Sunday, January 29, 2017

Trump-styeria And Immigration


Can we take a deep breath or three?

I really thought that some of the knee-jerk hysteria over the election would calm down at some point but that clearly is not the case. With Trump being elected we have entered a new period of time that is marked by hysteria, hyperbole and hypocrisy. He is pretty much the perfect President for 2017, a petty man following the administration of another petty man dealing with a largely petty culture. Lots of people are apparently in a race to see who can lower the level of public discourse to match Trump the quickest. 

Can we look somewhat dispassionately at some of the facts about this falsely labelled "Muslim ban"? 

First, it is not a "Muslim Ban". Just putting something behind a hashtag doesn't make it true. What Trump has enacted is not a #muslimban just like saying #handsupdontshoot doesn't negate the fact that his hands were not up.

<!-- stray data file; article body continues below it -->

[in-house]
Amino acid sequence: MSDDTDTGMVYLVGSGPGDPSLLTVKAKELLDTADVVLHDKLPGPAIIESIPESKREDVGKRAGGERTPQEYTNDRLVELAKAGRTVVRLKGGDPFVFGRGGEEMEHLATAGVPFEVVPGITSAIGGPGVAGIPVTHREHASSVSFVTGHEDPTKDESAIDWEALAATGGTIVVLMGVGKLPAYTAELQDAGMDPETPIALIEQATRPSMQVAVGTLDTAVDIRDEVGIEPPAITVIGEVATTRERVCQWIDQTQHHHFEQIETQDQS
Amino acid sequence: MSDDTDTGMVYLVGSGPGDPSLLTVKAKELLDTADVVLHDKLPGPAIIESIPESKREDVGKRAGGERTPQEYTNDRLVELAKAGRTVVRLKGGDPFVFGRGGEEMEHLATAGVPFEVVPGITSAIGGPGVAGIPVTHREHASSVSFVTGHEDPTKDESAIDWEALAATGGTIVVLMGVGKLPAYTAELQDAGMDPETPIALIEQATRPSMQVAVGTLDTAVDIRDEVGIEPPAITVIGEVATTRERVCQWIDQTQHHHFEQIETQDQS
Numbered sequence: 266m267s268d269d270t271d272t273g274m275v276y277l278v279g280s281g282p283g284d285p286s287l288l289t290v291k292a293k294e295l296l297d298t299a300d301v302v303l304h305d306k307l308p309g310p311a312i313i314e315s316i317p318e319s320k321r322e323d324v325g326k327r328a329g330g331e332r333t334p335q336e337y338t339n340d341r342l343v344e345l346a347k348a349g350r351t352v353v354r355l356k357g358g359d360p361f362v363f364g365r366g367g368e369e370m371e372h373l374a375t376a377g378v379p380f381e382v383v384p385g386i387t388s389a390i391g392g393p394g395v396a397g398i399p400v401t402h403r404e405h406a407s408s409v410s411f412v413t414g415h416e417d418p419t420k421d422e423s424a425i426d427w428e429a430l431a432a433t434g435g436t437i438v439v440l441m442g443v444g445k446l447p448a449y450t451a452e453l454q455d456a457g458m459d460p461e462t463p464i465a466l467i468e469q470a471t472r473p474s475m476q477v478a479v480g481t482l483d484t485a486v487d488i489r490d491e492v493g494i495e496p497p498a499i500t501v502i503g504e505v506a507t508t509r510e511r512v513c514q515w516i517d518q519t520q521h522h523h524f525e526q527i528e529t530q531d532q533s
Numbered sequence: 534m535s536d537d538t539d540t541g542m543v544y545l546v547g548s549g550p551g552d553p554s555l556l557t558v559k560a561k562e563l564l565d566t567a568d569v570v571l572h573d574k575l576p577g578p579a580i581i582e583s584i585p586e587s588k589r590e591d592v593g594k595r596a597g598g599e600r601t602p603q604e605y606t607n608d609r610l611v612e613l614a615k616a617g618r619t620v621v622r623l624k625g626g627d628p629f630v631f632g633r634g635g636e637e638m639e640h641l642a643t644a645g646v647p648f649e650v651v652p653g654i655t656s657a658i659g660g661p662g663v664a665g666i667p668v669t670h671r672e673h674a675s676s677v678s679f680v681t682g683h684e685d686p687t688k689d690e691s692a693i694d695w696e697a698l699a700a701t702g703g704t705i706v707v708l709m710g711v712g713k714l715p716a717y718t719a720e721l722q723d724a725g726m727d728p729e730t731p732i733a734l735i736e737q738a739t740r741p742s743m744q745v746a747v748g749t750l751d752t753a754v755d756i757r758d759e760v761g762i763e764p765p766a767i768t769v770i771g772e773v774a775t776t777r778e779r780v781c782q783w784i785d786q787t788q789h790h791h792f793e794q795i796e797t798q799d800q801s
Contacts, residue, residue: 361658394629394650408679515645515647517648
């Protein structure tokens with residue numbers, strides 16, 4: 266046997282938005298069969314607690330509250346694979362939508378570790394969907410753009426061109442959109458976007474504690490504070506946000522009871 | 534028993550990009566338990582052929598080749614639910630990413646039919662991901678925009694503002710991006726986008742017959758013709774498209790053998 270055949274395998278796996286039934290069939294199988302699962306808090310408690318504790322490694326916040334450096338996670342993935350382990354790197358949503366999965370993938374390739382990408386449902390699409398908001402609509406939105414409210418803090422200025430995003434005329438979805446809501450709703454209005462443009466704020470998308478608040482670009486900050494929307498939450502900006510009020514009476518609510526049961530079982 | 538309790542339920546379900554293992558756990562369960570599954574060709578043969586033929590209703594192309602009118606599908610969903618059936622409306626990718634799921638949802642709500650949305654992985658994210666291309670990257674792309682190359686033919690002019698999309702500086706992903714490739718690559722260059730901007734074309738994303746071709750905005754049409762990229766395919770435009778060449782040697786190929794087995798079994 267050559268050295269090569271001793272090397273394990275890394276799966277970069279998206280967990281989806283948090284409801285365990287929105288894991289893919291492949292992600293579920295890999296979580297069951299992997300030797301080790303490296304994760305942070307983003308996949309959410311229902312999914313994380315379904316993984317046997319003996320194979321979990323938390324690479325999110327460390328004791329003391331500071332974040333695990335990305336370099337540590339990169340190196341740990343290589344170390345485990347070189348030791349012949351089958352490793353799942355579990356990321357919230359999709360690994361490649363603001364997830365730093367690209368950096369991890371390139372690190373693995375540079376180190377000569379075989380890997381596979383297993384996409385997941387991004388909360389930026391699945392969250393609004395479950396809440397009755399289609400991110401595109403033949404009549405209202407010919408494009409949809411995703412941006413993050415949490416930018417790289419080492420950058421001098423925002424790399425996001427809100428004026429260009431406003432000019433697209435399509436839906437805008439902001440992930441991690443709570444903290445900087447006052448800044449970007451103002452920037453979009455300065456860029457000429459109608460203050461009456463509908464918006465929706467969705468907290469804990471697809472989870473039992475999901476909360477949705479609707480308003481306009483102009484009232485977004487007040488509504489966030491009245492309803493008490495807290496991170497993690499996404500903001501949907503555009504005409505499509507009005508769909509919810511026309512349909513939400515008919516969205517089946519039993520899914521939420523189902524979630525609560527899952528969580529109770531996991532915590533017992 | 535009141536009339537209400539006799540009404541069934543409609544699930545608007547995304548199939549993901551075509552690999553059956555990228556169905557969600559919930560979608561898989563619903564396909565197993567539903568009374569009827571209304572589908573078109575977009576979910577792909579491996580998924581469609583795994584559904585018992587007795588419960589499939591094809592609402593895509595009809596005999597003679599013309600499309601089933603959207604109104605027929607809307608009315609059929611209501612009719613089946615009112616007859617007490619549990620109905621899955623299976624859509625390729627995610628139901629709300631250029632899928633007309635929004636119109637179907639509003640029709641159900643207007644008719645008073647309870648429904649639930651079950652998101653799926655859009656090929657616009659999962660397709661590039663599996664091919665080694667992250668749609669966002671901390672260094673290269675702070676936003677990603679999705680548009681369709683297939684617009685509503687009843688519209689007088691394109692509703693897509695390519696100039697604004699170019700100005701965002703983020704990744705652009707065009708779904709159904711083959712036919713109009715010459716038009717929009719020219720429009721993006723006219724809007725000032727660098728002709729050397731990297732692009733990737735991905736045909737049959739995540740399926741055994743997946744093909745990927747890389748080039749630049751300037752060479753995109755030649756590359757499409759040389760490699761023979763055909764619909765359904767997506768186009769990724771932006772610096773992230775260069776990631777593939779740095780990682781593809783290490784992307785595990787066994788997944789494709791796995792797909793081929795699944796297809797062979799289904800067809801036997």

The countries impacted by the ban are: Iraq, Iran, Syria, Yemen, Sudan, Libya, and Somalia. While it is true that these are all majority Muslim countries, they are also places where there are deep ties to terrorism or places with a great deal of political instability. If this was an actual ban on Muslims you would see Indonesia, Pakistan, India, Bangladesh and Nigeria on the list as they are the top five countries in terms of Muslims in their population. Assuming the numbers from Wikipedia are accurate, that means that just from those five countries alone there are nearly 800,000,000 Muslims which is almost half of the total Muslim population in the world. The temporary ban covers seven countries which have a lot of people but are not the only or the largest Muslim populated nations. The ban is aimed at states that are generally agreed to be places where terrorism flourishes, and that agreement is based on actual facts even if you don't agree with the conclusions.